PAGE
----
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Activist Investors Speak Out Against United Technologies, Raytheon Deal

Combining United Technologies Corp. and Raytheon Co. will create a massive, diversified missile systems and aerospace defense contractor – but some investors, lawmakers, academics and President Donald Trump are expressing doubts that bigger is better.

The merger between United Technologies and Raytheon, which was announced in June, would create a defense and aerospace juggernaut with an estimated $74 billion in sales, according to the two firms. In the U.S., Boeing is the only defense and aerospace firm larger than that.

However, not everyone is pleased with the deal. In a public letter, activist investor Daniel Loeb, chief executive of New York-based investment firm Third Point LLC, asks the United Technologies board to rethink the deal.

“After careful consideration, we have concluded that the proposed combination of United Technologies and Raytheon is ill-conceived and unlikely to create value for UTC shareholders. The contemplated transaction instead complicates the narrative of a more focused aerospace company that was intended to emerge from UTC’s breakup,” Loeb wrote on June 28, referring to United Technologies with an acronym.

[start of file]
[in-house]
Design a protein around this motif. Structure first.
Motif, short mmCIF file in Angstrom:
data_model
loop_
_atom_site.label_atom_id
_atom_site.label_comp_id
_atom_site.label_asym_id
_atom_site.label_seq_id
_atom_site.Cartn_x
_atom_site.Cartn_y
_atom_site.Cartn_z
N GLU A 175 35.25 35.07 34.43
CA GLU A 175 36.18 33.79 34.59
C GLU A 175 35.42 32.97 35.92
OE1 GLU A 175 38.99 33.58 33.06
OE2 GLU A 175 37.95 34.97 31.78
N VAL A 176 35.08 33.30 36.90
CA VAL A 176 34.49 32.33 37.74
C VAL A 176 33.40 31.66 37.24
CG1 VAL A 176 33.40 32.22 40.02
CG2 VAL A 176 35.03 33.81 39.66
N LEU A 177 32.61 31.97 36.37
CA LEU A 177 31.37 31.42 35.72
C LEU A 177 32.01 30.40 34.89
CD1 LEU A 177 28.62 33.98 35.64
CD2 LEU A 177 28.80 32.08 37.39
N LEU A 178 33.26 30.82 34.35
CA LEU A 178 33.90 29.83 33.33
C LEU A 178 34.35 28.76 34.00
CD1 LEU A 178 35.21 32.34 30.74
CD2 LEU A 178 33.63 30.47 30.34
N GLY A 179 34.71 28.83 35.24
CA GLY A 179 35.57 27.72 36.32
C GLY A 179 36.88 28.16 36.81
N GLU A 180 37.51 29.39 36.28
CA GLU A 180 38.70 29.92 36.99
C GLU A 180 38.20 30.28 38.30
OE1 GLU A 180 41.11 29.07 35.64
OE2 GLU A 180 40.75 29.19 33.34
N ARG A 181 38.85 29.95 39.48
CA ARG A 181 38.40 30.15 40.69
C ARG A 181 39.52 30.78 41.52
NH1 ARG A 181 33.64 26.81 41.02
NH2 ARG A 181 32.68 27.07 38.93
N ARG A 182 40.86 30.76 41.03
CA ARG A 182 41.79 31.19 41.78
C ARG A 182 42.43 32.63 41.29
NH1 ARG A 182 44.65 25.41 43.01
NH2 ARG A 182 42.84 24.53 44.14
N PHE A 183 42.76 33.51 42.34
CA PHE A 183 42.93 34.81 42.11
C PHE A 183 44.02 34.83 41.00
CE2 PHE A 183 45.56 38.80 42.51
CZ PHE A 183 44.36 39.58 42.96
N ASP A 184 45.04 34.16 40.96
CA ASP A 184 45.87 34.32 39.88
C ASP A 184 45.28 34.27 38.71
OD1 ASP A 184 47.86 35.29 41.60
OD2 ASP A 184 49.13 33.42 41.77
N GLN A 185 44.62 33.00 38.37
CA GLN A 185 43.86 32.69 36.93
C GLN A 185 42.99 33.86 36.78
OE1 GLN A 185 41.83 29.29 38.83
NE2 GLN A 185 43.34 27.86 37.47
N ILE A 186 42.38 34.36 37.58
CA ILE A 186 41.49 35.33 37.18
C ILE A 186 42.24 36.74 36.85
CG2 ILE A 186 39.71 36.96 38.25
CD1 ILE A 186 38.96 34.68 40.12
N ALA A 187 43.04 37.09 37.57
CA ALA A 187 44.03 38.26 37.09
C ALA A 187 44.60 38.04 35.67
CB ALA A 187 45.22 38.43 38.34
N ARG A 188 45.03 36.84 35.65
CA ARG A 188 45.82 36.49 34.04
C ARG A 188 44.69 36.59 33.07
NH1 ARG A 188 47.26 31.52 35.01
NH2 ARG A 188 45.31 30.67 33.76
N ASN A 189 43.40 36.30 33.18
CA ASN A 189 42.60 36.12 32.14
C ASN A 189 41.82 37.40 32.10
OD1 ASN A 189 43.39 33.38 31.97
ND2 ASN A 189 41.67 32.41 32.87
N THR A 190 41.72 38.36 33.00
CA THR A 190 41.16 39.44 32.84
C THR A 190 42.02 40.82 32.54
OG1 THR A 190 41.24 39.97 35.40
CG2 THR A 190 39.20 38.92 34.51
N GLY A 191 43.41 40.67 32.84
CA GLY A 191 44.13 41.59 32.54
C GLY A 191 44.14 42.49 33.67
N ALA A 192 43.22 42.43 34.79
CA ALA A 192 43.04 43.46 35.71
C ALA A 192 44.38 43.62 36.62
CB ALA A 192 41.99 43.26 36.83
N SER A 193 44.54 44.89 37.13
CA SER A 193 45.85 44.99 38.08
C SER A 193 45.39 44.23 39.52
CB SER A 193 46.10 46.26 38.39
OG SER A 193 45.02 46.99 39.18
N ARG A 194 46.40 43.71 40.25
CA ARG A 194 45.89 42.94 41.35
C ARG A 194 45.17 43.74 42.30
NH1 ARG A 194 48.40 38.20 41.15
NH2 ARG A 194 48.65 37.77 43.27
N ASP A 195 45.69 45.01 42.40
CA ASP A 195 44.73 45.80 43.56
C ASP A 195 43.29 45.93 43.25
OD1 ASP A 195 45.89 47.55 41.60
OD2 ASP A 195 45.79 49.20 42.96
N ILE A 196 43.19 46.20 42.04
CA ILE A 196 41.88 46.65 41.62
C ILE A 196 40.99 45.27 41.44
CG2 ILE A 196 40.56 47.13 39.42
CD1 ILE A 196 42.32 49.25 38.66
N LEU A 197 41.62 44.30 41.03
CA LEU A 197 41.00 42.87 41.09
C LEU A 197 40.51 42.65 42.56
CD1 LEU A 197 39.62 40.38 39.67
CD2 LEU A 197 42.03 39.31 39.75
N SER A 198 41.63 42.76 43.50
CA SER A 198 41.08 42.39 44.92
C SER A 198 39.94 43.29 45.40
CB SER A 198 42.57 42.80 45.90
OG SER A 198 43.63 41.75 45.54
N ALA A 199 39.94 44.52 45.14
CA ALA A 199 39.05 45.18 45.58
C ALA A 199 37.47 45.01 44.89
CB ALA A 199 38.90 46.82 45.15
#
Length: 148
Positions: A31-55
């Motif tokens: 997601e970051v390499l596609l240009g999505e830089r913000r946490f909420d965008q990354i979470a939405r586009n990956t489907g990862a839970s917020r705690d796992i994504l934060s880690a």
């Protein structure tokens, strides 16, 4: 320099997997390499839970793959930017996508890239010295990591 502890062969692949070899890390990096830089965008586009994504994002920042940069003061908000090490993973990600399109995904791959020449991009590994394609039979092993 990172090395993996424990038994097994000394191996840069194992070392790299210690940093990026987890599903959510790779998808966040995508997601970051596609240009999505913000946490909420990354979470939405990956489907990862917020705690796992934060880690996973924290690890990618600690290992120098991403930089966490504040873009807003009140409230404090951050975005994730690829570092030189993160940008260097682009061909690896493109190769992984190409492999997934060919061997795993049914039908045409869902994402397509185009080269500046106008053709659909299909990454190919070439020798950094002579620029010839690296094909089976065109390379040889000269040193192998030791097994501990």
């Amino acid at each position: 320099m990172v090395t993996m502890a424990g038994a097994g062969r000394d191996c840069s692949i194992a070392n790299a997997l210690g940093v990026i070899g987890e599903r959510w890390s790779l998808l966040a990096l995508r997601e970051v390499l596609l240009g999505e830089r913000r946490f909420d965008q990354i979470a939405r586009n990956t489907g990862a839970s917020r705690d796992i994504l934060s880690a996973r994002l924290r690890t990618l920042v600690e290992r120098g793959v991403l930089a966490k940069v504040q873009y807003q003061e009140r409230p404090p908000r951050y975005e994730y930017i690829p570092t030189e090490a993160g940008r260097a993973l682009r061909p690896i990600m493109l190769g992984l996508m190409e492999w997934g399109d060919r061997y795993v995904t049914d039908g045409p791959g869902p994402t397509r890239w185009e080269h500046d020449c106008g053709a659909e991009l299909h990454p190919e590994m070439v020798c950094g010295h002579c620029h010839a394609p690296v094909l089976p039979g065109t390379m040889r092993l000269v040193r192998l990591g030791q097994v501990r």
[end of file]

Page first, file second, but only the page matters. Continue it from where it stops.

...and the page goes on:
Last year, United Technologies announced plans to sell two commercial subsidiaries: heating and cooling manufacturer Carrier and elevator and escalator maker Otis. The remaining company would focus on aerospace and defense customers through its two remaining subsidiaries: Pratt & Whitney and the recently purchased Collins Aerospace, formerly Rockwell Collins.

Raytheon entered the picture after the United Technologies divestiture was announced, proposing to combine the two companies, according to comments made by Tom Kennedy, chief executive of Raytheon, when the deal was announced last month. The idea would be to create a diversified defense giant by combining United Technology’s remaining aerospace business with Raytheon’s missiles and defense systems business.

Since the deal was announced last month, neither company’s shareholders have seen an increase in the value of their stock. Raytheon stock opened at $185.91 per share on June 7, the last day of trading before the weekend announcement. Raytheon stock prices have since hovered in the low $170s. United Technologies stock opened at $132.15 per share June 7 and has since returned the $132 level after an initial drop to the low $120s, according to data collected by Seeking Alpha.